Middle Eastern Coronavirus Claims New Victims
November 25, 2012

Two Dead As A Result Of New SARS-Like Virus

redOrbit Staff & Wire Reports - Your Universe Online

A new coronavirus, similar in nature to SARS (Severe Acute Respiratory Syndrome), has infected six and resulted in two deaths in the Middle East, various media outlets have reported this weekend.

According to BBC News, the number of reported cases, as well as the number of fatalities linked with the respiratory ailment, doubled on Friday, as a second person was reported killed and three additional infections had been reported by the World Health Organization (WHO).

Both fatalities occurred in Saudi Arabia, and reports of the virus had been limited to that country and Qatar thus far, though one man had been transported to the UK for treatment, they added.

The WHO initially issued a global warning about the disease is September, cautioning that a Qatar man who had recently traveled to Saudi Arabia had become infected with a virus that had previously never been detected in humans, where a second man had died from the same disease, Kate Kelland of Reuters reported on Friday.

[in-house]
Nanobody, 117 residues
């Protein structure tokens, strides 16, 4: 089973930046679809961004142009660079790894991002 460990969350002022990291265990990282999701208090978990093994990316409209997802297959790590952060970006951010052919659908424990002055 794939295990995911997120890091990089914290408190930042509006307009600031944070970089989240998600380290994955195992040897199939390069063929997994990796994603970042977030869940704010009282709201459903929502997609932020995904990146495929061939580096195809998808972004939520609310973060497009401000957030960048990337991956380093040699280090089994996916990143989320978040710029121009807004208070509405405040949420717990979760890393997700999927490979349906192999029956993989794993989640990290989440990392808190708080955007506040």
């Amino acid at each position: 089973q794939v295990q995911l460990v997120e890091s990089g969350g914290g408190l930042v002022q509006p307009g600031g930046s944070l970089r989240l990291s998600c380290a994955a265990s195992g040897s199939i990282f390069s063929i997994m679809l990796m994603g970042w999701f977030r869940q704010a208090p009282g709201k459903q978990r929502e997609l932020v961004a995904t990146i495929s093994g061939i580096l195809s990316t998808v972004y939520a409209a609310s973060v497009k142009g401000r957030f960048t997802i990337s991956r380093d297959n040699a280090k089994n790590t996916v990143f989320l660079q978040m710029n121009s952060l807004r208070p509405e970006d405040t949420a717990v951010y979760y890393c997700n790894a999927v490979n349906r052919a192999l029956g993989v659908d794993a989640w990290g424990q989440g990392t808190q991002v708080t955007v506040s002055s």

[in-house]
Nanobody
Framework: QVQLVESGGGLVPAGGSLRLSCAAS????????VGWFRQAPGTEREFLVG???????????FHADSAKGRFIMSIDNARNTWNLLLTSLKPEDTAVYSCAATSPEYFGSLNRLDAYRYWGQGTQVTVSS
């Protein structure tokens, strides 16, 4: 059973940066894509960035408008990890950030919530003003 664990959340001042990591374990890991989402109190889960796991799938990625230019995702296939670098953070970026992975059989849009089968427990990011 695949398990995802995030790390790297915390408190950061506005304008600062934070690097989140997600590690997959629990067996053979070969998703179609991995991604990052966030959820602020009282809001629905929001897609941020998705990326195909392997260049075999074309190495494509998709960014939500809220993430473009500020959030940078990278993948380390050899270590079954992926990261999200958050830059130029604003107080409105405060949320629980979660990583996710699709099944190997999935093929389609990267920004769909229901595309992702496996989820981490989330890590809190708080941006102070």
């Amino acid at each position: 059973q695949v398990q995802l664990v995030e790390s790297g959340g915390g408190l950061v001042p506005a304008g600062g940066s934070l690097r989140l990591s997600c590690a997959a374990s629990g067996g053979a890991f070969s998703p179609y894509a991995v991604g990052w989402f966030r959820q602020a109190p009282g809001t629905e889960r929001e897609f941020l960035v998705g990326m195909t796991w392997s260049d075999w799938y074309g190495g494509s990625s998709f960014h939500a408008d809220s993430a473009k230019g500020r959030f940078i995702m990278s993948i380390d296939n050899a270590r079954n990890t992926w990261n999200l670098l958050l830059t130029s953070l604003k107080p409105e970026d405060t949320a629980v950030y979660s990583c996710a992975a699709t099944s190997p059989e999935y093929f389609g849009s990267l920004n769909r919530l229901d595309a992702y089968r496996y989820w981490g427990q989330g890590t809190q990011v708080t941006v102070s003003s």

The new disease "shares some of the symptoms of SARS," a coronavirus that surfaced in China in 2002, killing approximately 10% of the 8,000 people who contracted it worldwide, Kelland added. Among those symptoms are coughing, difficulty breathing, and high fever.

"The WHO said investigations were being conducted into the likely source of the infection, the method of exposure, and the possibility of human-to-human transmission of the virus," said Forbes contributor David DiSalvo. "It added that so far, only the two most recently confirmed cases in Saudi Arabia were epidemiologically linked -- they were from the same family, living in the same household."

In a statement, WHO officials said heath officials should "continue their surveillance for severe acute respiratory infections," and until additional information becomes available, it would be "prudent to consider that the virus is likely more widely distributed than just the two countries which have identified cases."

They suggested anyone suffering from "unexplained pneumonias" should be tested for the new virus, even if they had not traveled to either Qatar or Saudi Arabia. In the meantime, they said they could continue to work with officials in both countries to gain a better understanding of the disease, and noted additional epidemiological and scientific studies were required to learn more about this SARS-like ailment.